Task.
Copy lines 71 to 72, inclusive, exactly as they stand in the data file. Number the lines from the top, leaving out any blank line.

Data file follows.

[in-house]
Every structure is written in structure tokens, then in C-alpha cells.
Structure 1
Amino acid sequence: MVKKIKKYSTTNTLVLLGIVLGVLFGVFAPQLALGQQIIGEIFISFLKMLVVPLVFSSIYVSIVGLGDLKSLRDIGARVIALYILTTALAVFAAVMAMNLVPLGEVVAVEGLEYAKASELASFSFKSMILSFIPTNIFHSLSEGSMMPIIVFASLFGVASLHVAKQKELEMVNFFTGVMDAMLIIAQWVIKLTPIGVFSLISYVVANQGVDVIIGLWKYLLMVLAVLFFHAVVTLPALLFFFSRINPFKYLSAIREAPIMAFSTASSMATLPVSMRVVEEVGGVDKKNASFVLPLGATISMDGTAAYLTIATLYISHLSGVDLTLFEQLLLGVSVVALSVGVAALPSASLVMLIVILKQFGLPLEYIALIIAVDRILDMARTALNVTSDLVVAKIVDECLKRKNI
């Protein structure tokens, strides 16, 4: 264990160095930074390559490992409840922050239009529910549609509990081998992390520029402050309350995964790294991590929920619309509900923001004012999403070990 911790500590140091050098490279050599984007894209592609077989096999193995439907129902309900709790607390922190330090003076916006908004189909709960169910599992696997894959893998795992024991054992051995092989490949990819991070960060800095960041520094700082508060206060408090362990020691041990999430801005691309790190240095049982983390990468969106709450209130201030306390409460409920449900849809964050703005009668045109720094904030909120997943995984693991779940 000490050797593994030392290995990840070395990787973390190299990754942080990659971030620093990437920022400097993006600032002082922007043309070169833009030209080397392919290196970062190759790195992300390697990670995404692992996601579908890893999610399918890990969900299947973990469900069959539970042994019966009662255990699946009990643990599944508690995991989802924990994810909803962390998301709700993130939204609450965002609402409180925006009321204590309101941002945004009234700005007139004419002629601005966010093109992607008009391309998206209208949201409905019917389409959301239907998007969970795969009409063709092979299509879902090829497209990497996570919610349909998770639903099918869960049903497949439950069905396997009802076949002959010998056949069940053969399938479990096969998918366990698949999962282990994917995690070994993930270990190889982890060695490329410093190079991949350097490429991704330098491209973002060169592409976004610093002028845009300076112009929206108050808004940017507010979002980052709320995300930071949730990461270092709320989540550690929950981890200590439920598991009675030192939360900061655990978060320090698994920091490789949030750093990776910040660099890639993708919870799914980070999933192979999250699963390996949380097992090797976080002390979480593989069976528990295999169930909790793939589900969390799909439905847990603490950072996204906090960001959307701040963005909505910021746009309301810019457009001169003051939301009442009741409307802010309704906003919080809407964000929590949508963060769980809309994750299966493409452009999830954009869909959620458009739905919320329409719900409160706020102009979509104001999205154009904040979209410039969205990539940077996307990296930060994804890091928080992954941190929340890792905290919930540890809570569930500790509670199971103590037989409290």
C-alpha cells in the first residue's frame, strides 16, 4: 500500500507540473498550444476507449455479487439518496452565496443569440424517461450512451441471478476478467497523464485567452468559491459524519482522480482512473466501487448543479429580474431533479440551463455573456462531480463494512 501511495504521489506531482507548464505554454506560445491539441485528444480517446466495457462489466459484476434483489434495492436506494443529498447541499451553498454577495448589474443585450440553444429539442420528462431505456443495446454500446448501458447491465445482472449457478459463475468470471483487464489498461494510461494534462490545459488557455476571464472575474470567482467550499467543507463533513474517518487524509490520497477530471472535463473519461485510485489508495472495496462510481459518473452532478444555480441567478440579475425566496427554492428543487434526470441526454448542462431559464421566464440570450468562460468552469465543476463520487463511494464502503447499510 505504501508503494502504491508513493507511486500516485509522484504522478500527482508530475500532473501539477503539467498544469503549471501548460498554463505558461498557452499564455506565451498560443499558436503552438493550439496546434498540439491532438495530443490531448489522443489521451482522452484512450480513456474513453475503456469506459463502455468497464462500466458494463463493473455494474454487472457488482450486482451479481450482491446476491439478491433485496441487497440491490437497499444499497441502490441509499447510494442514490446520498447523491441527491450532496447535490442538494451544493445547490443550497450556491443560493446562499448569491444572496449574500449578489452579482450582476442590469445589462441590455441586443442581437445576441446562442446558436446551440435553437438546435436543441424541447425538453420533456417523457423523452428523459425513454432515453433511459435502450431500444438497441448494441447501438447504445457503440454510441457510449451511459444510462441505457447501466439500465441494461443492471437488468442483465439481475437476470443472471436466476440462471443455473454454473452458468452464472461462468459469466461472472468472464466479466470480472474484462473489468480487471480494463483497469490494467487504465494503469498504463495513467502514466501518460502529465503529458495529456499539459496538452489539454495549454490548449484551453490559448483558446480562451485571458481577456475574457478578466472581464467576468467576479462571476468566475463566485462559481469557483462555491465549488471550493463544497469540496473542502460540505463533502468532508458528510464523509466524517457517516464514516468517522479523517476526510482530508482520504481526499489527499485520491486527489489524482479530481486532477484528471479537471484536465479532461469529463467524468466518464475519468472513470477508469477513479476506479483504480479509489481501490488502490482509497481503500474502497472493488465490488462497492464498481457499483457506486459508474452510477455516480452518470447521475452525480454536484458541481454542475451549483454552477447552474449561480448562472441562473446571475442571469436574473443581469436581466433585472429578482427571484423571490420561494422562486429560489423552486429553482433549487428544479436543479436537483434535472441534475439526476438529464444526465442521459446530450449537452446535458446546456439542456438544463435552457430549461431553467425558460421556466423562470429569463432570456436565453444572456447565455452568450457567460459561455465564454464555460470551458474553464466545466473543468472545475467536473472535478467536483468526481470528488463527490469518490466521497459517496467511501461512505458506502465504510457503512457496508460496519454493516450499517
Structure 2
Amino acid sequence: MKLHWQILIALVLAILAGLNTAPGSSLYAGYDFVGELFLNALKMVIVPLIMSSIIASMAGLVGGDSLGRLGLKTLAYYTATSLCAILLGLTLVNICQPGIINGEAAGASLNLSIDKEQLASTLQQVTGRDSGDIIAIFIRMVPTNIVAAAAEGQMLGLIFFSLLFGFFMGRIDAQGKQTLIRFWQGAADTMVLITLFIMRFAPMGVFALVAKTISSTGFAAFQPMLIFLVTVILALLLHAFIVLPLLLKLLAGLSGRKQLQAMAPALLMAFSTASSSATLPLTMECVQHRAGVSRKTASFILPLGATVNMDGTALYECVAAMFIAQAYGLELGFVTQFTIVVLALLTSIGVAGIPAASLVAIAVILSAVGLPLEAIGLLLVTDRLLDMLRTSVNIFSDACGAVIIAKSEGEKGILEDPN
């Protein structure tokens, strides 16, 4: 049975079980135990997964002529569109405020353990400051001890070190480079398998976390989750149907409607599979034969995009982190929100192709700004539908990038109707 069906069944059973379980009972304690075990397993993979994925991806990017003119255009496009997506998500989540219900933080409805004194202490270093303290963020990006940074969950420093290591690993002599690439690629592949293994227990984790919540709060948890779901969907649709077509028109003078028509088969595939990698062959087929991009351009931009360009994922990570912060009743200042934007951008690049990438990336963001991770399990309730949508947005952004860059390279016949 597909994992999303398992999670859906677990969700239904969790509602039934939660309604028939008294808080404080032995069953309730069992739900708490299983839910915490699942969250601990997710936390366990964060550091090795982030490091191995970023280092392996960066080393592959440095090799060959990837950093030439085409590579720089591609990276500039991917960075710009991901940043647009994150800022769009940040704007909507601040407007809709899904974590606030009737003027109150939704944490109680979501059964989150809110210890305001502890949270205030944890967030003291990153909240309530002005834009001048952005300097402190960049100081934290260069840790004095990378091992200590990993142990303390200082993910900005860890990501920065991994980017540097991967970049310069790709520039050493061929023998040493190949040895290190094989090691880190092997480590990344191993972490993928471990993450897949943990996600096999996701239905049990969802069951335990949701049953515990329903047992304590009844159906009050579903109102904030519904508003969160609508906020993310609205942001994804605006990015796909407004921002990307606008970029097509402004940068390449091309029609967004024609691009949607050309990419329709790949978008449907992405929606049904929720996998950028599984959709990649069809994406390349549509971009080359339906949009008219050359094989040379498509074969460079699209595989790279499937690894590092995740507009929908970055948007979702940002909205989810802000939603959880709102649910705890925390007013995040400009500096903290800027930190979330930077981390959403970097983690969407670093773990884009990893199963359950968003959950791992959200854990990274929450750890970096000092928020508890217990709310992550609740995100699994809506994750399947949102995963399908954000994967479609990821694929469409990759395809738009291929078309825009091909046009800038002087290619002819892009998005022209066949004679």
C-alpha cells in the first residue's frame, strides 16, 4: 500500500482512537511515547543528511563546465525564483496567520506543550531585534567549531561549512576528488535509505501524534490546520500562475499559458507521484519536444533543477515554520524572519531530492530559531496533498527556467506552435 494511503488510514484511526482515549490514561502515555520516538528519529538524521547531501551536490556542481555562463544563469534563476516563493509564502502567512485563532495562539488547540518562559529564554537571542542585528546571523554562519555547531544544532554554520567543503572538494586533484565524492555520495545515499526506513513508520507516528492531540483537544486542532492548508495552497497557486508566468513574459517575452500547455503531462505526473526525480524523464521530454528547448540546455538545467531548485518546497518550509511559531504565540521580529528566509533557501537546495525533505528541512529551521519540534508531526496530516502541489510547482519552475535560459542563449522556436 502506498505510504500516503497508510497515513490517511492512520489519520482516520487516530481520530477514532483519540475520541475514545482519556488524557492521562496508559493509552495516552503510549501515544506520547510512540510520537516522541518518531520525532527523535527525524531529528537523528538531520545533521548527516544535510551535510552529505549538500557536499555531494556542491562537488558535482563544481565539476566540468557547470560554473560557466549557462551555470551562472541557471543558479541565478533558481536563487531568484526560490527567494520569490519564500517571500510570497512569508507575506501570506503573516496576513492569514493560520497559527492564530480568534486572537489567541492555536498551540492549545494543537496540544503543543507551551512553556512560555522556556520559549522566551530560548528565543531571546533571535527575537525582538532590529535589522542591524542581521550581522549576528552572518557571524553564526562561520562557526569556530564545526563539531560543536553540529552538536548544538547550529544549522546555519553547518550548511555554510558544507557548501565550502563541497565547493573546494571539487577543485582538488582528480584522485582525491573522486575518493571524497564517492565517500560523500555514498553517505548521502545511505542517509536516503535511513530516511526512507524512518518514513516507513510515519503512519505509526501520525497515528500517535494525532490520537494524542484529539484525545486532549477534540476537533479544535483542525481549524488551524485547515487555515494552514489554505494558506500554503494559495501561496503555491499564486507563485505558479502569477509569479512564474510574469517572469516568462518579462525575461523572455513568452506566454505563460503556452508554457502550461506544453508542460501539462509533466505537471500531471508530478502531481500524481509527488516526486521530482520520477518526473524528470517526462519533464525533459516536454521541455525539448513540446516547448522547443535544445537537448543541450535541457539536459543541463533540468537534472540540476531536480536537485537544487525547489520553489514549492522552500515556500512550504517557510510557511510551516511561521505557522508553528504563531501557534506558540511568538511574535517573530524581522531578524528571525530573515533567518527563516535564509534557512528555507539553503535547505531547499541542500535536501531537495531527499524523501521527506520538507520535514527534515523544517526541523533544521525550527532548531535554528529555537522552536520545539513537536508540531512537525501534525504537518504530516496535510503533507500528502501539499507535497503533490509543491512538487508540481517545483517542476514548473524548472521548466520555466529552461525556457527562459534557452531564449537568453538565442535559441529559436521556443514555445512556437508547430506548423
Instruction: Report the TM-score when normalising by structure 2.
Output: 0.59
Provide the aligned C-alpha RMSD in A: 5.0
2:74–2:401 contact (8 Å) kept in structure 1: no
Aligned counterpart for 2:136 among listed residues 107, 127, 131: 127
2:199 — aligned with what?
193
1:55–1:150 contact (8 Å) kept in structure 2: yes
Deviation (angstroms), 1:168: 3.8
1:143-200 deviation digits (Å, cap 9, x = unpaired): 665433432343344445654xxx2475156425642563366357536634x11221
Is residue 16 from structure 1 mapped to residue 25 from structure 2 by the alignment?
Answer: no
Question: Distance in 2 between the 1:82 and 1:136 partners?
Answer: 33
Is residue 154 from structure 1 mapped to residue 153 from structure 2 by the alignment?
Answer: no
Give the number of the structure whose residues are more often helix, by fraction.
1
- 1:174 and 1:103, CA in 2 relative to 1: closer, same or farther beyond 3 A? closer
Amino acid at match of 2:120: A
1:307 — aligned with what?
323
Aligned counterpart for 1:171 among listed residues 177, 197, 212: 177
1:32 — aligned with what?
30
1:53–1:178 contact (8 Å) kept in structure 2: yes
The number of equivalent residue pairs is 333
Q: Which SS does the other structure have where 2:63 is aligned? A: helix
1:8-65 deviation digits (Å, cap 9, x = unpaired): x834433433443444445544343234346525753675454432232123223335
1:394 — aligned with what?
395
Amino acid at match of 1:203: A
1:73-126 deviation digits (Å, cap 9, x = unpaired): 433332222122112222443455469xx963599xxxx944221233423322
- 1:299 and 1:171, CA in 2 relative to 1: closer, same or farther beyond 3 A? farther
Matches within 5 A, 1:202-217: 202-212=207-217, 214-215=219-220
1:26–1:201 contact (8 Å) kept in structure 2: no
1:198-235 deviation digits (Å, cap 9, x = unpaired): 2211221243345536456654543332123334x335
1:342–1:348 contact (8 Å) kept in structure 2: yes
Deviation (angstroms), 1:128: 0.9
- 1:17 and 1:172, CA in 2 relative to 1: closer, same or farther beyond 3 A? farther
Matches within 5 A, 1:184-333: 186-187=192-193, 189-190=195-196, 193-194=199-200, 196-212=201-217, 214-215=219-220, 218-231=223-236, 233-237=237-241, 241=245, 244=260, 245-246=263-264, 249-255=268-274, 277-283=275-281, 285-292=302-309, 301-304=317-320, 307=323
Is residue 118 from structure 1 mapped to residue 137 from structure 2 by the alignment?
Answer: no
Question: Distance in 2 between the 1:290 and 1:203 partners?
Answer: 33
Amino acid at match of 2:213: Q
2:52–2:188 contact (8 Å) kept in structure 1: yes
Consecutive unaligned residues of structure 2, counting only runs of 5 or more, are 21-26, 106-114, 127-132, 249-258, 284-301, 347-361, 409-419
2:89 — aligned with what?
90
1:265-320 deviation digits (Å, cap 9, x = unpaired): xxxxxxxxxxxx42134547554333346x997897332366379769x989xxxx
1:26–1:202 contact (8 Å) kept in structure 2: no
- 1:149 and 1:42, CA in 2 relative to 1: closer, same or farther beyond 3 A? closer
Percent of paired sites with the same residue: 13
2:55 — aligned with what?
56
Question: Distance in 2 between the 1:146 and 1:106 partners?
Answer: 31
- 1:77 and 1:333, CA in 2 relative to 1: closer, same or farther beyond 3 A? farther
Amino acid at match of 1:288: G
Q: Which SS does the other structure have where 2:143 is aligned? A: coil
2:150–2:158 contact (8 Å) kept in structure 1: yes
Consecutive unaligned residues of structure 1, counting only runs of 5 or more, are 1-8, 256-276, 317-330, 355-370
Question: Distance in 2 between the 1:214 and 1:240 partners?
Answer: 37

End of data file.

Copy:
Q: Which SS does the other structure have where 2:143 is aligned? A: coil
2:150–2:158 contact (8 Å) kept in structure 1: yes